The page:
In honor of my upcoming talk on urban green space at IDSA's annual conference, I'm resurrecting a few sketches from the notebook (if my "notebook," you mean a folder on a hard drive). I couldn't believe that it's been almost five years since I put them together. Enjoy!
(Some of these photos use Flickr photos. I never intended these for public viewing, and I've misplaced the author data, and even the original files. If one of the photos belongs to you or someone you know, let me know and I will add in a visible credit or take the photo down ASAP.)
Using playground equipment - swings, teeter-totters, see-saws and others - generates friction, which could be used to generate electricity. The Play Powered Park uses children's play to power an animated sculpture (or more than one, depending on the amount of electricity that could be generated). The level of animation in the sculpture visualizes the amount of activity in the park.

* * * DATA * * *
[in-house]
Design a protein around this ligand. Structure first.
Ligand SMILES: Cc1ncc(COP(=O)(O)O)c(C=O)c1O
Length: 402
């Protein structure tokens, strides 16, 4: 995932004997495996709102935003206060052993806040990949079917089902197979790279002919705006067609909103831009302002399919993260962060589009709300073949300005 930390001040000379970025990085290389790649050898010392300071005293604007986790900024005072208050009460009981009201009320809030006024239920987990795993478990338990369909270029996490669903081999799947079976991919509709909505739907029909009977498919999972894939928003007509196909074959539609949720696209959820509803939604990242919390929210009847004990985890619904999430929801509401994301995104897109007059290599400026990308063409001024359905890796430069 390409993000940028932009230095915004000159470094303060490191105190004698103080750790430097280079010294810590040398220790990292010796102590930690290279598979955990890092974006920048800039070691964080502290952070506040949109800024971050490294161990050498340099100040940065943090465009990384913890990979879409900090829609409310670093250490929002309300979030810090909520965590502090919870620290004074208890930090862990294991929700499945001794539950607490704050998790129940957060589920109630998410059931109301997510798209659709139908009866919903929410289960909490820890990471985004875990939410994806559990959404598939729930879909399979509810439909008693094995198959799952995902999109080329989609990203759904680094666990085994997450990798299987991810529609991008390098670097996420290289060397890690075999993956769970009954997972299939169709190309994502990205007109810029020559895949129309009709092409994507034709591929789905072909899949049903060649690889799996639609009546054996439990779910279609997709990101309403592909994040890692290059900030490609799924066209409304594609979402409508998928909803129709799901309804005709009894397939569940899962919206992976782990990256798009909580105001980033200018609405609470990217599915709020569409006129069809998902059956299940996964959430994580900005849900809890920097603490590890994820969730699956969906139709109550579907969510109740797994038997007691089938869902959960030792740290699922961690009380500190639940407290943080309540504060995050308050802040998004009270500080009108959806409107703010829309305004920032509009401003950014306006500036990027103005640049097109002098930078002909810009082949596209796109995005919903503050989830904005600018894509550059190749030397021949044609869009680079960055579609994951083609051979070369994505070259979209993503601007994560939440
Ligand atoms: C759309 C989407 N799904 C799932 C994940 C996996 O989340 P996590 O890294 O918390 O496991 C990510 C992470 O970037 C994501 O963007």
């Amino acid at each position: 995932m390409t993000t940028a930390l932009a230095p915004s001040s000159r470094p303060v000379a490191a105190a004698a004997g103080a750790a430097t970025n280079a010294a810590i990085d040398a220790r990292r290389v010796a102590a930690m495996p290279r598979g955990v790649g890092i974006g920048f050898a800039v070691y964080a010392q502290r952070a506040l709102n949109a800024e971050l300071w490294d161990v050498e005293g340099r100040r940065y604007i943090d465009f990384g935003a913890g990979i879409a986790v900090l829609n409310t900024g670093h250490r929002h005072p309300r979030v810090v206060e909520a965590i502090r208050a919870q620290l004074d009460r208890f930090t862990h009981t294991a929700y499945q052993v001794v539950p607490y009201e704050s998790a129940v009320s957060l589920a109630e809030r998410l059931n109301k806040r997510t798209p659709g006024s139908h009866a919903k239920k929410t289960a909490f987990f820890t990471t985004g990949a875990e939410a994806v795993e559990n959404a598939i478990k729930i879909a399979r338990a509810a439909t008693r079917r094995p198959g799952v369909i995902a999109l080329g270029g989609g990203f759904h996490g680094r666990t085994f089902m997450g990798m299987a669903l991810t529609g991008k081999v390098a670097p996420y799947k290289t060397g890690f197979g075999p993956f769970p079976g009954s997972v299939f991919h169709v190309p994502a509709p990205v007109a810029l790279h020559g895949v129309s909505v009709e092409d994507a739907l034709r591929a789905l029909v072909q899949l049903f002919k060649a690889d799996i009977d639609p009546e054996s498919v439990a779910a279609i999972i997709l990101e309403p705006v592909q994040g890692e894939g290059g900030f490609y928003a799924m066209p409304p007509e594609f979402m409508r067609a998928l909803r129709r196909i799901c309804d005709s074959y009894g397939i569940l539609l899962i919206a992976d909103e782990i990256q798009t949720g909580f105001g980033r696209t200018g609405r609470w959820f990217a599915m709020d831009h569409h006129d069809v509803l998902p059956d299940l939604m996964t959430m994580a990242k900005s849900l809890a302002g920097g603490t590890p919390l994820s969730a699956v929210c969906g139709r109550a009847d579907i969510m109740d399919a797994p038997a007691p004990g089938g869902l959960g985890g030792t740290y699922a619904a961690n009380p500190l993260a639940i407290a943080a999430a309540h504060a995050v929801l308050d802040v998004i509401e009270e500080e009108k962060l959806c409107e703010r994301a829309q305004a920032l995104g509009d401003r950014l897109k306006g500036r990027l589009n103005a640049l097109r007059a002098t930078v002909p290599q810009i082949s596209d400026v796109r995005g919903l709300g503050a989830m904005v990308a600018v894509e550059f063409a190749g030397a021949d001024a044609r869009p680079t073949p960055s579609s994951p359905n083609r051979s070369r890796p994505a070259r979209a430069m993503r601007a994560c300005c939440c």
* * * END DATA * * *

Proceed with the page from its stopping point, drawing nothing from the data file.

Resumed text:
(note the 2007-style antenna on the phone!)
San Francisco provides many habitats for migrating animals, especially its lakes and waterfronts. Urban Migrations helps create a sense of anticipation about these seasonal migrations, then helps families plan visits to the parks and open spaces where they can be found. By sending participants messages about the upcoming arrival of animals such as swallows, whales, and geese, it makes the 'velocity' of animal travel across the natural and built landscape more visible.
Augmenting everyday rubber balls and playing field goal posts with proximity sensors gives playing fields and playgrounds the capacity to provide interactive experiences similar to those kids enjoy at home. At the same time, the spaces and balls can still be used for traditional games. Since the balls remain inexpensive, they can be easily replaced.